Note, 1. It is a fundamental error in the administration of justice, and that which cannot but lead men to abundance of transgression, to consider the parties concerned more than the merits of the cause, so as to favour one because he is a gentleman, a scholar, my countryman, my old acquaintance, has formerly done me a kindness, or may do me one, or is of my party and persuasion, and to bear hard on the other party because he is a stranger, a poor man, has done me an ill turn, is or has been my rival, or is not of my mind, or has voted against me. Judgment is perverted when any consideration of this kind is admitted into the scale, any thing but pure right. 2. Those that are partial will be paltry. Those that have once broken through the bonds of equity, though, at first, it must be some great bribe, some noble present, that would bias them, yet, when they have debauched their consciences, they will, at length, be so sordid that for a piece of bread they will give judgment against their consciences; they will rather play at small game than sit out.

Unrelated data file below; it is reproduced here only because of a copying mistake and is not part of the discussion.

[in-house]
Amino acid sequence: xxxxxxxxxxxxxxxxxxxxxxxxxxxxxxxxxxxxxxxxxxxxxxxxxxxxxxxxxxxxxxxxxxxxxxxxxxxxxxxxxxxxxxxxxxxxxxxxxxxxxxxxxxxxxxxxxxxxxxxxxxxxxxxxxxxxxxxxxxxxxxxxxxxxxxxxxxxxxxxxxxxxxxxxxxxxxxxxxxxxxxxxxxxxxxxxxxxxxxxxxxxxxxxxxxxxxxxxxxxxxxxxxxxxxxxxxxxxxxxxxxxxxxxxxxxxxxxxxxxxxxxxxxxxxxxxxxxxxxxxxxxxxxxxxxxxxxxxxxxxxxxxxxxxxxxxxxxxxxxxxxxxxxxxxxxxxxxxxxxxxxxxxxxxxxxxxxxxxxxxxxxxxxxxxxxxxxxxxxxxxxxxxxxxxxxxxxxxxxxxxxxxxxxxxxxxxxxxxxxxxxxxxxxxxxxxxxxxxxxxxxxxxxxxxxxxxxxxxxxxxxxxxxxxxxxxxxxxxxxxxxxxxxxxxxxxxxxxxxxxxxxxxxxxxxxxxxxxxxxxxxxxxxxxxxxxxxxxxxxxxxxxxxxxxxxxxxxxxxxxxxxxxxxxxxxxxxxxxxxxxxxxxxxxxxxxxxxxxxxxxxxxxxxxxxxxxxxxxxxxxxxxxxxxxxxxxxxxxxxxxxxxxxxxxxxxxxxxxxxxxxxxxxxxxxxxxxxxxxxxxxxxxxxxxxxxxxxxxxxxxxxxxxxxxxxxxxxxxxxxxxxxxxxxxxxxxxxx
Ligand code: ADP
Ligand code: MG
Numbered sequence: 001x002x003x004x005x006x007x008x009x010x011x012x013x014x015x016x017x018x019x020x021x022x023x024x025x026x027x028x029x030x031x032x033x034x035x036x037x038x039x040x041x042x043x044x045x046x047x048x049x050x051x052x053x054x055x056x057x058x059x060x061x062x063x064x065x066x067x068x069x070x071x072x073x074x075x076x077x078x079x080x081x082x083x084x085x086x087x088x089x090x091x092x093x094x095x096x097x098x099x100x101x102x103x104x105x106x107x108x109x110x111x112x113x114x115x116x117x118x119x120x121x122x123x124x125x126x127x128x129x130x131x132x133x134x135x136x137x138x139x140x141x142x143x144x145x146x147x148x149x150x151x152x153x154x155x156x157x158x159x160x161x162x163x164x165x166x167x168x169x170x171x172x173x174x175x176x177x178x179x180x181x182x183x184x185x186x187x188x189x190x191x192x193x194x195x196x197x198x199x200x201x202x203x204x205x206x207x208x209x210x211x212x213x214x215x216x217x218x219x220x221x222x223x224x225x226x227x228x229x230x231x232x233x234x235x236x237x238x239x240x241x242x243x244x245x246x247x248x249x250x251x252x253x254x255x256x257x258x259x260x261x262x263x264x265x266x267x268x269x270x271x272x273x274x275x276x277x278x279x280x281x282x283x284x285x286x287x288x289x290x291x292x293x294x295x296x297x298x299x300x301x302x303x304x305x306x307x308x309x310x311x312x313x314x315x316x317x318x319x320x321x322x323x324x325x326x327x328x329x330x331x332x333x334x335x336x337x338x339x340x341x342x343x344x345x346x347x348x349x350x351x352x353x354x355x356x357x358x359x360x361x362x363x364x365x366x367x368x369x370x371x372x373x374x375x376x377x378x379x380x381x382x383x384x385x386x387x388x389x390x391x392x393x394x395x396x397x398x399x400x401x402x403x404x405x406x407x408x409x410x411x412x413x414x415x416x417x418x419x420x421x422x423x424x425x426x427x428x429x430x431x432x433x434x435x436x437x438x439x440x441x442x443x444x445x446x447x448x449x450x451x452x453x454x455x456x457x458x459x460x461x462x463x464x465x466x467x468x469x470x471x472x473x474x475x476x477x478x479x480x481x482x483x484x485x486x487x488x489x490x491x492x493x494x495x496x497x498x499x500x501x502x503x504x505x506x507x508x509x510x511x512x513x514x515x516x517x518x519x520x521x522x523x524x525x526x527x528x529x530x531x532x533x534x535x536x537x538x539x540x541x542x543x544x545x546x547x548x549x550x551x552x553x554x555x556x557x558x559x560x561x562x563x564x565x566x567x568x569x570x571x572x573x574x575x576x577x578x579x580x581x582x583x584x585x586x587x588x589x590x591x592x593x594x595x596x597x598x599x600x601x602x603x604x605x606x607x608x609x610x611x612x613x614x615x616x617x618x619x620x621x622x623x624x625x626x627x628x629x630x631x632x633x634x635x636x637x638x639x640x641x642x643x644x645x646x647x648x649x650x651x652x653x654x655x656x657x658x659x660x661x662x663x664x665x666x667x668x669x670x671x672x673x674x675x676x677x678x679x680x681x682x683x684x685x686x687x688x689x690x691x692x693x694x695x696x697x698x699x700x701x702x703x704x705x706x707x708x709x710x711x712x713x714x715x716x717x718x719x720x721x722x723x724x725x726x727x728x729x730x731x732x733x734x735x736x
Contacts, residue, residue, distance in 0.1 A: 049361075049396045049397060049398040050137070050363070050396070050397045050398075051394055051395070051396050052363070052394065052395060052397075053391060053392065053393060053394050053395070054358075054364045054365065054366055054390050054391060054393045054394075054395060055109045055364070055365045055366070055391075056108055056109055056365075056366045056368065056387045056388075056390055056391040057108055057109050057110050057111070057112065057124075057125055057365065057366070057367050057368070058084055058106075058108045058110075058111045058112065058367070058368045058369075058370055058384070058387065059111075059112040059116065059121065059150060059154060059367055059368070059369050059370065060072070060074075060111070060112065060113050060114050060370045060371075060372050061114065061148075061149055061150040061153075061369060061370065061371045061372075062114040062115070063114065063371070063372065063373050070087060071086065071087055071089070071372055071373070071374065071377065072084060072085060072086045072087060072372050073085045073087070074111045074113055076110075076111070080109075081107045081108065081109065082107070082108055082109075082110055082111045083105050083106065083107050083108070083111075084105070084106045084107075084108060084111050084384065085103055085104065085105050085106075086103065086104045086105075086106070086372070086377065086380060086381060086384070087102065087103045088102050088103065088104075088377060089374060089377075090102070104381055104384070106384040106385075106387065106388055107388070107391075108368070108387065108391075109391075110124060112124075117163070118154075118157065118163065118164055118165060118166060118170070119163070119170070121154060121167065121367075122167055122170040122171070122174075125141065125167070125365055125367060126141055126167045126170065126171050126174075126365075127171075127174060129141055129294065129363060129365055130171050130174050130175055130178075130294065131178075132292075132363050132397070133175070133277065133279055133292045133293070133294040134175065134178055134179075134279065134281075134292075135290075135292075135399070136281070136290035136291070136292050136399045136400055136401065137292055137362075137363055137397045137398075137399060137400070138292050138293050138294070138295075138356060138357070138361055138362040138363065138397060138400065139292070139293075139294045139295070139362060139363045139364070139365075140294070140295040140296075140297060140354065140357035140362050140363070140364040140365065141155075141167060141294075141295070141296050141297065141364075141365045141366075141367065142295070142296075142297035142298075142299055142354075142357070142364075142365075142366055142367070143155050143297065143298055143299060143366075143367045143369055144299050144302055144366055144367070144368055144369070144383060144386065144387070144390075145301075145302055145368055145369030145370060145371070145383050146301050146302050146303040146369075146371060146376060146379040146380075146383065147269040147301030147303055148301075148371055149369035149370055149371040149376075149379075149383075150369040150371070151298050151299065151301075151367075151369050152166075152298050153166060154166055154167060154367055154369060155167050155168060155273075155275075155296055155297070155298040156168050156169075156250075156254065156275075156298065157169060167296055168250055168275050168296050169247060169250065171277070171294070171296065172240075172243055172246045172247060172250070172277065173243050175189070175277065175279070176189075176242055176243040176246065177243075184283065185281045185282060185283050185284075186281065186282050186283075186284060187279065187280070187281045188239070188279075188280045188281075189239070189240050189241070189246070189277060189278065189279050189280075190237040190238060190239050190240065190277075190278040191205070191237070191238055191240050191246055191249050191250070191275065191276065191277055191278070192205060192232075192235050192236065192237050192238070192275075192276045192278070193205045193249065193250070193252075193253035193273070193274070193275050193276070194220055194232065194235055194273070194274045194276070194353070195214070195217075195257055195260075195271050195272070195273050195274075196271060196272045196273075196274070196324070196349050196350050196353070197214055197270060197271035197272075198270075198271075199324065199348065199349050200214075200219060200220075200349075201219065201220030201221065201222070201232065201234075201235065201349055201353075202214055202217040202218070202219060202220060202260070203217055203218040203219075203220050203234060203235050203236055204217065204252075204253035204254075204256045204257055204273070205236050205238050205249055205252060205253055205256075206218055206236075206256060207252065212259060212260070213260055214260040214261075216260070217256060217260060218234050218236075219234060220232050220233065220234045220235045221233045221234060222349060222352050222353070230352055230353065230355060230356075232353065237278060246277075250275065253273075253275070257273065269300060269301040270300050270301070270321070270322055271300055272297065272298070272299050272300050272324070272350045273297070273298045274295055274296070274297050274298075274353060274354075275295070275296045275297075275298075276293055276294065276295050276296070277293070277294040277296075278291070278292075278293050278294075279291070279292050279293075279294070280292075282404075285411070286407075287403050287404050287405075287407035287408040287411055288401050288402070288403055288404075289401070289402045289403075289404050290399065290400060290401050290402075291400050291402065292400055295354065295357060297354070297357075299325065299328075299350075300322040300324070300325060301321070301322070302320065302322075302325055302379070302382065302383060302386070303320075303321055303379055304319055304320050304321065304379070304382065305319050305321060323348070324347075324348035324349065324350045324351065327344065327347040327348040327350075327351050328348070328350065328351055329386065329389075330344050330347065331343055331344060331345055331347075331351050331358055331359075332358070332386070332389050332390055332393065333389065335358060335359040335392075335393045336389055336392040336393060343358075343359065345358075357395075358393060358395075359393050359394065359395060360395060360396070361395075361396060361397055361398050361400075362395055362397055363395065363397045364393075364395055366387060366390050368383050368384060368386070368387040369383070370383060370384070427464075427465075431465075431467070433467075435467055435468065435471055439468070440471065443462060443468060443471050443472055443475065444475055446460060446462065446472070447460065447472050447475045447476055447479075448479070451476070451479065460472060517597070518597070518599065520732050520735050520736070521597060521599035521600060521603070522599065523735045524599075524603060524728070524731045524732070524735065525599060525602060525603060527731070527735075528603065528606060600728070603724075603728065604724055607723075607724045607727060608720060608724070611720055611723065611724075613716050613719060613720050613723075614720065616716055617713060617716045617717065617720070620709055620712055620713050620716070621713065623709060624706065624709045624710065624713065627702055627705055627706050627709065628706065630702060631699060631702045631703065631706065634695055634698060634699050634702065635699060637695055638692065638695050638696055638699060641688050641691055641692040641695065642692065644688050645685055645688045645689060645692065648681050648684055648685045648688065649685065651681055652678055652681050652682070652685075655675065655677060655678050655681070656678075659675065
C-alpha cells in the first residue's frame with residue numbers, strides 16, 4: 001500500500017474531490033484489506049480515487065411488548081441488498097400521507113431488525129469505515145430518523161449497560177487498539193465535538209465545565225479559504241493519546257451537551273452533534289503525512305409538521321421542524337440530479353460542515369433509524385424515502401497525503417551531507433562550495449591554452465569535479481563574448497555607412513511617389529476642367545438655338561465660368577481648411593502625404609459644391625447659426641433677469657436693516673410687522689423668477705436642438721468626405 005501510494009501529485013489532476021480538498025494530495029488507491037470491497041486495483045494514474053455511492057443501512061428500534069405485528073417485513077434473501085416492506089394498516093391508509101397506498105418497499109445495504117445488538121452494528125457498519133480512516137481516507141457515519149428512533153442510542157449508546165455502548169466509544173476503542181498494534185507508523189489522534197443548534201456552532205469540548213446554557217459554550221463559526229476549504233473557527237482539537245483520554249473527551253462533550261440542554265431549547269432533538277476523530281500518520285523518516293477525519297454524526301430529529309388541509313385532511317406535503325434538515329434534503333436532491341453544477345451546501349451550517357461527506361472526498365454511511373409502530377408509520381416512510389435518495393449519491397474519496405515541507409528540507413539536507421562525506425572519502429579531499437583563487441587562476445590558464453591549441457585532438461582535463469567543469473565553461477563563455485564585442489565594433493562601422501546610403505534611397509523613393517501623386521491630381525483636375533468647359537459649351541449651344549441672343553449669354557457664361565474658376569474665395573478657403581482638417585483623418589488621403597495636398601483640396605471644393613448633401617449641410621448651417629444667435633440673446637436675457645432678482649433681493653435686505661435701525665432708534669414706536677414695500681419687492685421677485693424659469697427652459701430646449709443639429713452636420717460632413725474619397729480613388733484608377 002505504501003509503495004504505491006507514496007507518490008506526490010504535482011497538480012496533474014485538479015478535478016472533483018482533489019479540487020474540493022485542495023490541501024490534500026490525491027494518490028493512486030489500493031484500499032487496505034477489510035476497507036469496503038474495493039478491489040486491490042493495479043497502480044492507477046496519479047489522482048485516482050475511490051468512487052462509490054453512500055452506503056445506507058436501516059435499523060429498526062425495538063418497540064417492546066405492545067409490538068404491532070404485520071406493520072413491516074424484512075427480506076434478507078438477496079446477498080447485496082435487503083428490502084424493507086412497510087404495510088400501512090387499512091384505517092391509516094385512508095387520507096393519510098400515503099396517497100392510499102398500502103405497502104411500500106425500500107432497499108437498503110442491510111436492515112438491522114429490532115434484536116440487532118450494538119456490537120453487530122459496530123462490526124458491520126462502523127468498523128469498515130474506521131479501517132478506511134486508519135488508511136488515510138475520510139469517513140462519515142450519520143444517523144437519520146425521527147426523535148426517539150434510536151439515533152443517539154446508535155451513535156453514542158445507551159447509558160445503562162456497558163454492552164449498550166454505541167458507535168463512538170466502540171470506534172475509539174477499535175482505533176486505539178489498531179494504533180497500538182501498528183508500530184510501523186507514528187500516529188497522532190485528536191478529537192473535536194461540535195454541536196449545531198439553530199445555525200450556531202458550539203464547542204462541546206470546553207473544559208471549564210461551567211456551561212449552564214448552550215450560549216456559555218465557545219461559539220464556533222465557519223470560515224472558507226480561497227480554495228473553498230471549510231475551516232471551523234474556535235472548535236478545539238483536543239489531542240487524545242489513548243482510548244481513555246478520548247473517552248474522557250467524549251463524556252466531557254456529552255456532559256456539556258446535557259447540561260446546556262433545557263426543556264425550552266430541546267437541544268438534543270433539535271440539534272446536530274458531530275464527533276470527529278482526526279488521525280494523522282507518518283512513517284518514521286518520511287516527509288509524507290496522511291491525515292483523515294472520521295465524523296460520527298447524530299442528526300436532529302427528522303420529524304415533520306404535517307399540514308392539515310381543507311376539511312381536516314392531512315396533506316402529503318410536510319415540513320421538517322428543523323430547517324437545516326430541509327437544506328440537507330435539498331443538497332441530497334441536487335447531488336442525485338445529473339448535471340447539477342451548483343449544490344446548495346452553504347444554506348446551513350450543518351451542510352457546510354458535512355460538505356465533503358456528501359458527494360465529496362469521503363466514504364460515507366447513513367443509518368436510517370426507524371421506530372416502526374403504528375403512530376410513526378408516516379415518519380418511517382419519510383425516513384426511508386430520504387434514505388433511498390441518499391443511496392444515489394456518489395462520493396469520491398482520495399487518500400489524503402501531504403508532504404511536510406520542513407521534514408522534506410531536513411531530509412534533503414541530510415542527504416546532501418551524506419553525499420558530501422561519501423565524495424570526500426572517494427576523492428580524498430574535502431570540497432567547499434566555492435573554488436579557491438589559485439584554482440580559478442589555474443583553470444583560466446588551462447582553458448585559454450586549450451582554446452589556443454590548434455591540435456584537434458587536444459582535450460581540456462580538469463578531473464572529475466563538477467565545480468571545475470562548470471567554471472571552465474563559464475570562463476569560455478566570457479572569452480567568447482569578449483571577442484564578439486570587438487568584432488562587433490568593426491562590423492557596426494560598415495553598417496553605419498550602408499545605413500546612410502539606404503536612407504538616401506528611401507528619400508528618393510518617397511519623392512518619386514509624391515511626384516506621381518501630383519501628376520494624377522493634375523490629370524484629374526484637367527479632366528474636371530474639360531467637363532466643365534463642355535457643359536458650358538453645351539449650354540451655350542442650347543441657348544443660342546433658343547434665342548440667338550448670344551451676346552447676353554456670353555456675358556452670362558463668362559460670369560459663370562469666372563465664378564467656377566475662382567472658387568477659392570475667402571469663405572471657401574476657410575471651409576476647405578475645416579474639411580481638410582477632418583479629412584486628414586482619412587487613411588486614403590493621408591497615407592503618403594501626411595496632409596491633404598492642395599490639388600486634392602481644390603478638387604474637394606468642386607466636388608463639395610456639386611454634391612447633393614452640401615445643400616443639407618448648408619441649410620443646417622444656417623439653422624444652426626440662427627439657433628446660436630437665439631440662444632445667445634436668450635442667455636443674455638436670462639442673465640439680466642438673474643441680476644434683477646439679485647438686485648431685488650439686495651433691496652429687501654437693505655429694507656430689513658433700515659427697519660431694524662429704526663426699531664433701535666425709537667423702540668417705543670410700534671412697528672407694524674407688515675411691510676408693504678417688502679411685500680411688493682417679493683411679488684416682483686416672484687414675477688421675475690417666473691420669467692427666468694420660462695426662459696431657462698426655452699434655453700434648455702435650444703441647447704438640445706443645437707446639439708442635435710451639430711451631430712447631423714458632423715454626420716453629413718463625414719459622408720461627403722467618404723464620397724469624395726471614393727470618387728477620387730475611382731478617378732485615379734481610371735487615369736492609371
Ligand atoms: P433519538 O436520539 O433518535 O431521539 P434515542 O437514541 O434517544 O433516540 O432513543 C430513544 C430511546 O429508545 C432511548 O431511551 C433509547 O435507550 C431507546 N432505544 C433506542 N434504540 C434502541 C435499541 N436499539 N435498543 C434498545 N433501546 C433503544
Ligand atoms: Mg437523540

He that hasteth to be rich hath an evil eye, and considereth not that poverty shall come upon him.
Here again Solomon shows the sin and folly of those that will be rich; they are resolved that they will be so, per fas, per nefas—right or wrong; they will be so with all speed; they are getting hastily an estate. 1. They have no comfort in it: They have an evil eye, that is, they are always grieving at those that have more than they, and always grudging their necessary expenses, because they think the former keep them from seeming rich, the latter from being so, and between both they must needs be perpetually uneasy. 2. They have no assurance of the continuance of it, and yet take no thought to provide against the loss of it: Poverty shall come upon them, and the riches which they made wings for, that they might fly to them, will make themselves wings to fly from them; but they are secure and improvident, and do not consider this, that while they are making haste to be rich they are really making haste to be poor, else they would not trust to uncertain riches.
He that rebuketh a man afterwards shall find more favour than he that flattereth with the tongue.